Monday, 22 October 2018

A Doctor Who story about Rosa Parks, in a series showrun by the writer of Dinosaurs on a Spaceship, could have gone very wrong. Last week’s The Ghost Monument got away with a lot of clunkiness by virtue of its genre: bombastic, flippant space adventure. This could not.

Imagine if Rosa had stuck to the ‘celebrity historical’ formula of The Shakespeare Code and The Impossible Astronaut, with history as a playground for sci-fantasy antics: the Bogallions have shot down a Deltazoid spaceship over Alabama because they trespassed onto a six-limbs-only space lane – it’s like racism, get it? – and now both species are battling it out and will destroy Earth in their crossfire. Thankfully, the Doctor has pimped a bus to return the Deltazoids to their home planet, and has the help of a plucky passenger who happens to be sat in the seat where the space energies are coalescing. Good job she didn’t move. By the way, civil rights.

OK, maybe it was never going to be that bad, especially with a guest writer of the calibre of Malorie Blackman, but especially after last week, I was nervous. 

Rosa doesn’t fuck it up. It more than doesn’t fuck it up. 

It throws away that old formula – which may have given us several thoroughly enjoyable episodes in the past but would have been completely inappropriate here – to give us instead a powerful drama that’s possibly the first classic of the Chibnall series, most comparable in tone to the similarly sci-fi-light and thematically heavy Vincent and the Doctor – and anyone who’s heard me waffle about Vincent will know that a favourable comparison to it means this must be good.

What Blackman and Chibnall have clearly realised is that the main act of heroism in this story must be committed by Rosa Parks, not the Doctor or companion, and must be refusing to give up the bus seat. 

The way the story leads up to that act, with our regulars’ goal not being to change it but to maintain it, is very clever plotting. It means that bus protest stays at the dramatic heart but everyone has something to do. It allows Parks herself to be kept at a distance from the sci-fi gubbins and so avoid being reduced to caricature. It gives the heroes a challenge that only those in a time travel show could face but that the Doctor hasn’t faced before – and wow, who knew such tension could be drawn out of bus timetables and staff rotas?

It also allows the episode time to explore its world and theme. Like the Sheffield of The Woman Who Fell to Earth, this episode’s 1955 Alabama feels real, detailed, the South Africa location shoot again justifying its expense. And it’s seriously impressive how the episode doesn’t hold back in its depictions of racism, no doubt related to its hiring of Doctor Who’s first writer of colour (yes, it is bad that it’s taken this long). Ryan being slapped is shocking; the fact that it’s not at all what we’ve come to expect from recent Who’s rarely sincere treatment of history makes it all the more so. The extended length of this series’ stories certainly helps – in the 45-minute format, the scene with the cop would probably have been cut, and here it really hammers in the oppression of the world. And the episode also reminds us, through having two non-white companions discuss their own experiences of racism, that these problems persist today.

These companions finally seem concrete in their characterisation. That may be because they have that theme to hang their discussions around, allowing more insight into Yaz’s life in particular than we’ve had previously. It’s also helpful that they have plot objectives relevant to character traits: Ryan investigates the civil rights leaders he remembers his nan admiring; Yaz sets her charts out on the motel wall like a police investigation; and Graham? Well, I love Graham, because his specific skillset is ‘talking to bus drivers’, and somehow that’s come in useful in two out of three stories. I wonder how many more before it gets silly.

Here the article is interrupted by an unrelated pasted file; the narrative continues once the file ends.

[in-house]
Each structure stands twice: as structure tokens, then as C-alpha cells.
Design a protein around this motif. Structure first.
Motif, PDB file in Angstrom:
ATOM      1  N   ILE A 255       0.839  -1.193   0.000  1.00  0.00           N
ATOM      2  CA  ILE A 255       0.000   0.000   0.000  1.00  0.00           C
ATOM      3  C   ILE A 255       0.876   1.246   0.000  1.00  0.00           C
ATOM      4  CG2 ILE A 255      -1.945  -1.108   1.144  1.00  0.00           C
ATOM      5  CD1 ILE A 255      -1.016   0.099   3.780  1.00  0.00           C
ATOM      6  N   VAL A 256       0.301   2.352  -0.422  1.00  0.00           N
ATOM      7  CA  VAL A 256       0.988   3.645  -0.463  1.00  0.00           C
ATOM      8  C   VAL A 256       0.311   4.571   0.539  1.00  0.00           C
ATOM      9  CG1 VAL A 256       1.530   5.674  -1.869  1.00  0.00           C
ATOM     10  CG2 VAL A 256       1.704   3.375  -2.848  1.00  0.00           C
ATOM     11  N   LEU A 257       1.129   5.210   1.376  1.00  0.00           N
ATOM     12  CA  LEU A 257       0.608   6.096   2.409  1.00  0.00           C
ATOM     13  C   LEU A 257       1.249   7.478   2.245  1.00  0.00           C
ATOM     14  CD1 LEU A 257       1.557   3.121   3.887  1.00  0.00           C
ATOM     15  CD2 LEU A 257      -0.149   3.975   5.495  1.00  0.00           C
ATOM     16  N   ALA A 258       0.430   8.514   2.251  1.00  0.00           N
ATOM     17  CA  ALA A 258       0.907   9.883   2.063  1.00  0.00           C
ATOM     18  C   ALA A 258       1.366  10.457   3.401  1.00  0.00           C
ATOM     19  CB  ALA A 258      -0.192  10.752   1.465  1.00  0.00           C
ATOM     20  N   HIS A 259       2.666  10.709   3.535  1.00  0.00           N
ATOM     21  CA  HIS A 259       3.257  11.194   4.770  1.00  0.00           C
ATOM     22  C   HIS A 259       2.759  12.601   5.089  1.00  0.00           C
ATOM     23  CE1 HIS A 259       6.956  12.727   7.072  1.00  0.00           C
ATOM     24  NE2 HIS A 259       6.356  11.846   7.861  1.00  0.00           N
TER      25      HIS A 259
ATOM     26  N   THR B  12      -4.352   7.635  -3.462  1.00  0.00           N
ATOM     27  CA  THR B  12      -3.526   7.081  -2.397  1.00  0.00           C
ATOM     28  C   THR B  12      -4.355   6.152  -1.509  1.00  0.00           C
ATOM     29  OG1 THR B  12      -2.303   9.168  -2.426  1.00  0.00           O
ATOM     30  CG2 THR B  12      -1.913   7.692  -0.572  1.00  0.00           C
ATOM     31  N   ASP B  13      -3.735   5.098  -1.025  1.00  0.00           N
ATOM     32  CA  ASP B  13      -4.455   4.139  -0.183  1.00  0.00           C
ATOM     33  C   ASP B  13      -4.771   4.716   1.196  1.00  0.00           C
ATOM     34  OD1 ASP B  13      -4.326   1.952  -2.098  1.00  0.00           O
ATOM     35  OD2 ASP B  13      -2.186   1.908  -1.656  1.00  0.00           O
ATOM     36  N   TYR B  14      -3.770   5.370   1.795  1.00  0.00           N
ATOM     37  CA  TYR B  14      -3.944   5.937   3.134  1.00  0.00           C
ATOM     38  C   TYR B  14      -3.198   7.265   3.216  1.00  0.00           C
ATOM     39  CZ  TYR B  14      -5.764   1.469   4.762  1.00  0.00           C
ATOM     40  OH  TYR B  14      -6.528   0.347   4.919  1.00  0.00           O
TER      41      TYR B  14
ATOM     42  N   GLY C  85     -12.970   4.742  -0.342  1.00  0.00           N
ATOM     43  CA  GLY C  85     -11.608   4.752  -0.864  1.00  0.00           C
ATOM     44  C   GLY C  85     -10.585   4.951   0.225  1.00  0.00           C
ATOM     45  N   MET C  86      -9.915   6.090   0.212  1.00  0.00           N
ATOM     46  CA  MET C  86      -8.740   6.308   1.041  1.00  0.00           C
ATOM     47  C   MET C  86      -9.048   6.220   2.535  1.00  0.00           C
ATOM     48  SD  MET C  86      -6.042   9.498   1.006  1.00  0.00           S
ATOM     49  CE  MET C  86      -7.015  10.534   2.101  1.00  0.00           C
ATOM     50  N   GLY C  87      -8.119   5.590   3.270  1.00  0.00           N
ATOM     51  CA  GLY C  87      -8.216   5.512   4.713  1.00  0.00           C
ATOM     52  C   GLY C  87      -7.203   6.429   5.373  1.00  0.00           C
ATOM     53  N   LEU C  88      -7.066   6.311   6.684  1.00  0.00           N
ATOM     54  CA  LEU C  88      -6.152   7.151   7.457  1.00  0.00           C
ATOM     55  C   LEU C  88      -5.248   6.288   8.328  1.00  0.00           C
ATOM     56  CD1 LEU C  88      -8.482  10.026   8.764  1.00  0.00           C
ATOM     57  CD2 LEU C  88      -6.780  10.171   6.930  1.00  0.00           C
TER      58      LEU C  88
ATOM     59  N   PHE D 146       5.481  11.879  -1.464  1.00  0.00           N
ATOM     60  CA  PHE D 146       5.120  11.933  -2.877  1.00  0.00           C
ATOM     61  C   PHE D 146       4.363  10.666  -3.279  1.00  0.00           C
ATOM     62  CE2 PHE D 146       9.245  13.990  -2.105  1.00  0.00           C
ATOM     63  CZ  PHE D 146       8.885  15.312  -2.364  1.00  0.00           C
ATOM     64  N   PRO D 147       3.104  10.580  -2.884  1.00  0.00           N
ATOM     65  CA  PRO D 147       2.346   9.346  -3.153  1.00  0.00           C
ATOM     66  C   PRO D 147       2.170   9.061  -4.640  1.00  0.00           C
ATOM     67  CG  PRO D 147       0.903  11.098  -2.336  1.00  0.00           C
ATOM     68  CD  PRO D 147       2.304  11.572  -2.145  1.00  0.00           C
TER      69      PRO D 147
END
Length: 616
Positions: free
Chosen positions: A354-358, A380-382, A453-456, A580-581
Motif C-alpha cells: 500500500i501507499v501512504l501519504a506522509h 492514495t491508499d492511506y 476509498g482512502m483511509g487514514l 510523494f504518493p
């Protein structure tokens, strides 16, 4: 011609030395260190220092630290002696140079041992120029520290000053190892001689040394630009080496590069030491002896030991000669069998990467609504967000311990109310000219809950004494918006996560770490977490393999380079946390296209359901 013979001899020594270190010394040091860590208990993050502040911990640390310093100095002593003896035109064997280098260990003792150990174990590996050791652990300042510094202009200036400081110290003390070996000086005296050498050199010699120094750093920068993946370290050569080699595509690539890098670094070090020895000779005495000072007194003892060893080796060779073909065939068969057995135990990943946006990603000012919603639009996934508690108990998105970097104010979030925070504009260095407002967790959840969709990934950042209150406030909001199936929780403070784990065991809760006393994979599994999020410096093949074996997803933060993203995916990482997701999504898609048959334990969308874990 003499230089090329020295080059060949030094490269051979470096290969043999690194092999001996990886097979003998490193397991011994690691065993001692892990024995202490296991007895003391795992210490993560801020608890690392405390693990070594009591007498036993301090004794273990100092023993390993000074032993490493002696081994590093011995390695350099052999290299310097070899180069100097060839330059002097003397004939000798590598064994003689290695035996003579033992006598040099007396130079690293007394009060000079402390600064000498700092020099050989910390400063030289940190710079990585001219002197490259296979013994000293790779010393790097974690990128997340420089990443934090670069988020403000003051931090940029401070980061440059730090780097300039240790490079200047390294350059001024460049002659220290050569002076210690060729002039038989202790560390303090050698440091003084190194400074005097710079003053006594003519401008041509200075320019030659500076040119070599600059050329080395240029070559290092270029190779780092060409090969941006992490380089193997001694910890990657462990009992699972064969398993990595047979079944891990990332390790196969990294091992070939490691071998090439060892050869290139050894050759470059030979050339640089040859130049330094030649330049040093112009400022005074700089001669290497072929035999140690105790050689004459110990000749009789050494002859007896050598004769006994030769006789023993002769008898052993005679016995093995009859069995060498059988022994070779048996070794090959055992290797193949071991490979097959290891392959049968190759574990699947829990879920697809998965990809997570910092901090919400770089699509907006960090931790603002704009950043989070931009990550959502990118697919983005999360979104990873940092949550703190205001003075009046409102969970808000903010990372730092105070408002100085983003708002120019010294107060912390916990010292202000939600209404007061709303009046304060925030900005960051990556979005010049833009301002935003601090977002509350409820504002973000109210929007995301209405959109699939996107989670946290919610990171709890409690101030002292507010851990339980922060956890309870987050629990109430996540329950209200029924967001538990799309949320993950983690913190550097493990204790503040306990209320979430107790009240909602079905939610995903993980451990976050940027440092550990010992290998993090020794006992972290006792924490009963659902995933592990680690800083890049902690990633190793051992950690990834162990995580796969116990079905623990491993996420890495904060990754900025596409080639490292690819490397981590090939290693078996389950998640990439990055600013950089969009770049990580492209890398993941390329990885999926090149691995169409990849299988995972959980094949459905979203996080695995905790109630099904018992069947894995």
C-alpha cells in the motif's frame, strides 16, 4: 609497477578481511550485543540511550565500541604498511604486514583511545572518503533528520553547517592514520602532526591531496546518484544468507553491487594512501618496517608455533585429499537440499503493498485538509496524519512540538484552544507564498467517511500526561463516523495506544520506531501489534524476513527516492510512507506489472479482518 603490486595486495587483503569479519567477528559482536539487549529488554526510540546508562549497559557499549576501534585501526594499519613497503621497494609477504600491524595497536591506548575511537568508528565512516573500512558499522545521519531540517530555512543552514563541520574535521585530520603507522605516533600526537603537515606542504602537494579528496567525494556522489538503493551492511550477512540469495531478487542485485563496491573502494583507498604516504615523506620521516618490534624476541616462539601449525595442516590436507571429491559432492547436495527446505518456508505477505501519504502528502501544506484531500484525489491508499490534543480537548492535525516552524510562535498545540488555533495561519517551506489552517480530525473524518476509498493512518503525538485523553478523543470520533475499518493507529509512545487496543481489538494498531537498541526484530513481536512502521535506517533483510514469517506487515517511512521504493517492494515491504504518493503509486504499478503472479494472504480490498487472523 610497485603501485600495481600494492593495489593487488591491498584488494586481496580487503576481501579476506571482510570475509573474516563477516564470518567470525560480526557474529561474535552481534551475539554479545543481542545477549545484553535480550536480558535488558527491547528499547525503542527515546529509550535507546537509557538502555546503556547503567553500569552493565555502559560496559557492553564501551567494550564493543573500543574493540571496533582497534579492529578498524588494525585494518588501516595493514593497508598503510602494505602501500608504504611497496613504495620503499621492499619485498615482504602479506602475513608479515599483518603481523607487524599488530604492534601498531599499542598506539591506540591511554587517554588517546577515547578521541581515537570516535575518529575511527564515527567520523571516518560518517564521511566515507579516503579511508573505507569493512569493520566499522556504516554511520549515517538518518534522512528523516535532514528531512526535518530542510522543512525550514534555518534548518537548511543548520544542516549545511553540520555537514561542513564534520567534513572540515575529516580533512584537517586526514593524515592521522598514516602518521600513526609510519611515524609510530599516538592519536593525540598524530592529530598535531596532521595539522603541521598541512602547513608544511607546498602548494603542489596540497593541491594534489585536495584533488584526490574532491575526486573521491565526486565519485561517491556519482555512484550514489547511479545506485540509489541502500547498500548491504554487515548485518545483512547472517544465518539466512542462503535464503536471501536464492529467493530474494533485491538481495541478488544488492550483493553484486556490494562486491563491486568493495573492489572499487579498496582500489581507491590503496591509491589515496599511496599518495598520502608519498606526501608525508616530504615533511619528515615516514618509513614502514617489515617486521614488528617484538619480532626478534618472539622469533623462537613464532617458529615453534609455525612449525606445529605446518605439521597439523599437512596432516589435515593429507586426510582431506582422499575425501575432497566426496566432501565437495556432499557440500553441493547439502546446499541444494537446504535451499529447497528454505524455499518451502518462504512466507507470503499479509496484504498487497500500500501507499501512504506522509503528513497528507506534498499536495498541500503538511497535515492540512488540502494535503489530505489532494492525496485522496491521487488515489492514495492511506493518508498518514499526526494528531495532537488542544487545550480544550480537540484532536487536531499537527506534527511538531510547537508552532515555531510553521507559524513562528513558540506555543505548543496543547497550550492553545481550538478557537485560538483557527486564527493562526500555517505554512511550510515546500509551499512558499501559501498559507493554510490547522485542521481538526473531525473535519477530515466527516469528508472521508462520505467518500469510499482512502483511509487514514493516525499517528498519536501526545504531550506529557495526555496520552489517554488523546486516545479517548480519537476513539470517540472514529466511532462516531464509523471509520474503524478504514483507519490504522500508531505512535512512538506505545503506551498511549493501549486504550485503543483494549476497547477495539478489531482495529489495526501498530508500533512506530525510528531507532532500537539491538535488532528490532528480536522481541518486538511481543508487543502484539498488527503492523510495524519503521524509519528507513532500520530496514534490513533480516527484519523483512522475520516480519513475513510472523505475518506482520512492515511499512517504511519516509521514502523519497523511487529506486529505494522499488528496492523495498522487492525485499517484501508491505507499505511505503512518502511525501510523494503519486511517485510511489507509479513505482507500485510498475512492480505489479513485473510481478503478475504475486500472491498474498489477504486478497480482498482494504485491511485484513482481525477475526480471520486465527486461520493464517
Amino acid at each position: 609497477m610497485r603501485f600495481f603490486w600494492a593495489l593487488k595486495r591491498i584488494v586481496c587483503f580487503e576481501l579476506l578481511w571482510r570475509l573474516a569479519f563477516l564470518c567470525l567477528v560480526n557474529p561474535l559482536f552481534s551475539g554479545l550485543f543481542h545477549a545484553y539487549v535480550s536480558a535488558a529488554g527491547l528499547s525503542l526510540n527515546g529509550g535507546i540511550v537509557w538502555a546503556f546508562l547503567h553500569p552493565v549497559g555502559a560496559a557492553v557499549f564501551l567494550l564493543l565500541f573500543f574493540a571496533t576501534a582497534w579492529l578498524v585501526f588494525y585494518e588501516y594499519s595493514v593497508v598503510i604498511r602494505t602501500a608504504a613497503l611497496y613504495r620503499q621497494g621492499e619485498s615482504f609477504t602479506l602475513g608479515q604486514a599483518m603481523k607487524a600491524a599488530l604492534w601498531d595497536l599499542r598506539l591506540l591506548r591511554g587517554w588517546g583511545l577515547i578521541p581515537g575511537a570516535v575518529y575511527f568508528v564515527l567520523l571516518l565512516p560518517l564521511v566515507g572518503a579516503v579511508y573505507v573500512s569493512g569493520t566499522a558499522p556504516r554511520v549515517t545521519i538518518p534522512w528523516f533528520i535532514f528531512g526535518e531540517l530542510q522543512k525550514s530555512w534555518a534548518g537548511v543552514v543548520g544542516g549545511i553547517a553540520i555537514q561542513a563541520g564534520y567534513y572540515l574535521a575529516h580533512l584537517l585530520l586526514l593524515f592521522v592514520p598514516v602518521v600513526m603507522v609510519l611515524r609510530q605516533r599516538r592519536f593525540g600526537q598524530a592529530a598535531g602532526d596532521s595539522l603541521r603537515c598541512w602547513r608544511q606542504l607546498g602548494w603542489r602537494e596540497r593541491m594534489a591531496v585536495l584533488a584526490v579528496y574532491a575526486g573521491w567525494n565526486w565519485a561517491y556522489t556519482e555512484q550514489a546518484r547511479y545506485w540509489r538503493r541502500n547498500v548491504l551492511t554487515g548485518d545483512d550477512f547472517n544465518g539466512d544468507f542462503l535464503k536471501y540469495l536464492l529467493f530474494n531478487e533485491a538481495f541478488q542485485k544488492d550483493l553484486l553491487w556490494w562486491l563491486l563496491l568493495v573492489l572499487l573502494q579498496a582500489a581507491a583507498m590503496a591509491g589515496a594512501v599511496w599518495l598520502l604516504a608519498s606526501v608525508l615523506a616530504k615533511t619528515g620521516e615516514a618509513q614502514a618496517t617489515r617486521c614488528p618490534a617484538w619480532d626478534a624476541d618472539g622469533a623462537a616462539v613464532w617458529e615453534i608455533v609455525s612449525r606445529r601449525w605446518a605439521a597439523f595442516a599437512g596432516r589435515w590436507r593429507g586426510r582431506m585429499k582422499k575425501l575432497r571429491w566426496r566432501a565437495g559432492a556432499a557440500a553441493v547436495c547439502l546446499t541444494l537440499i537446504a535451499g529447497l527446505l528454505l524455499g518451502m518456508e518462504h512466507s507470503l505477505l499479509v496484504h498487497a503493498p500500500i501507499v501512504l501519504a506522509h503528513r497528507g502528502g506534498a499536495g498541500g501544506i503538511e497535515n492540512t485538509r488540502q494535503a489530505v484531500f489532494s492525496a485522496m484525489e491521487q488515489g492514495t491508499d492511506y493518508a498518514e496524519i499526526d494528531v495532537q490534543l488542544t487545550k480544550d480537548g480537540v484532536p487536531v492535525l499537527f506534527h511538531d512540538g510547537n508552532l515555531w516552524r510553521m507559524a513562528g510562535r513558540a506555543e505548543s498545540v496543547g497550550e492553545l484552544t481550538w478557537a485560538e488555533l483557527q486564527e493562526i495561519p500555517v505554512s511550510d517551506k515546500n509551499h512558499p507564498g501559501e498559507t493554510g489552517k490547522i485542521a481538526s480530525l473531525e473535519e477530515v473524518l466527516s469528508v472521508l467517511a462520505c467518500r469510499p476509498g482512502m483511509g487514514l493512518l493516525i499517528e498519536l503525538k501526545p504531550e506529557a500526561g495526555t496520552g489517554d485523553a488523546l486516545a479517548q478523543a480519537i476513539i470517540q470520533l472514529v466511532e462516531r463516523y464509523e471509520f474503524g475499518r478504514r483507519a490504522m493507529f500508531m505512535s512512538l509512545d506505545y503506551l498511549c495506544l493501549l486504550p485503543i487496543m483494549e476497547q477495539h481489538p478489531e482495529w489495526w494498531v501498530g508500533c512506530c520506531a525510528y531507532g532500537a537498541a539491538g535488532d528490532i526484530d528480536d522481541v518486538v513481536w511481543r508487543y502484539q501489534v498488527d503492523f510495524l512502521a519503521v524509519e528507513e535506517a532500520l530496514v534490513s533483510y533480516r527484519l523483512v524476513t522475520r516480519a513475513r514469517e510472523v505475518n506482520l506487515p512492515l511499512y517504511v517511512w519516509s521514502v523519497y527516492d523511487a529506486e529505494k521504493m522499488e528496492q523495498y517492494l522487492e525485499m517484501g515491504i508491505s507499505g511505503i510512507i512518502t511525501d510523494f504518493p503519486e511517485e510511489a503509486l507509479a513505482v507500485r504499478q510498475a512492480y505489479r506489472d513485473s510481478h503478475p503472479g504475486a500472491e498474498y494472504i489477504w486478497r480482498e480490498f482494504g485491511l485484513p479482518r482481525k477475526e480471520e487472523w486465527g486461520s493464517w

And then there’s the Doctor. I commented last week that the grandstanding, speechifying approach Peter Capaldi mastered doesn’t play to Jodie Whittaker’s strengths, and it’s almost as if the show listened. She’s in her element here: compassionate and wise, driving the plot forward with the necessary sci-fi words but not taking attention from the others, putting protecting her friends above risky confrontation. (I’m aware ‘being caring and not the centre of attention’ may be playing it dangerously close to feminine stereotypes for the first woman Doctor, but compassion is never a bad trait in Doctor Who, especially after Capaldi moved away from that, and there’s also a nice feeling of the ‘family going on a trip through history’ dynamic of William Hartnell’s Doctor and his companions.) Also, Whittaker is properly funny in the lighter moments, the Banksy gag in particular.

The only negatives I have are nitpicks. There’s too much “I know about that from school” exposition. Needing to go back to re-check evidence already found should never be part of any plot. The coda in the TARDIS is oddly edited, as if they only had the rights for two seconds of the newsreel. And the Doctor’s confrontation with Krasko is distractingly over-reliant on close-up shots.

But that came from the same director and crew as this ¬–

– a combination of cinematography and acting which lingered in my mind for a while. That climax is as powerful a scene as Doctor Who’s ever had. Graham’s realisation that he has to stay on the bus and play a passive role in history is heartbreaking, and leads right into the gut-punch of this episode – they have to let Rosa be the hero, in a historical moment then presented with flair and dignity. And not a single Deltazoid in sight. 


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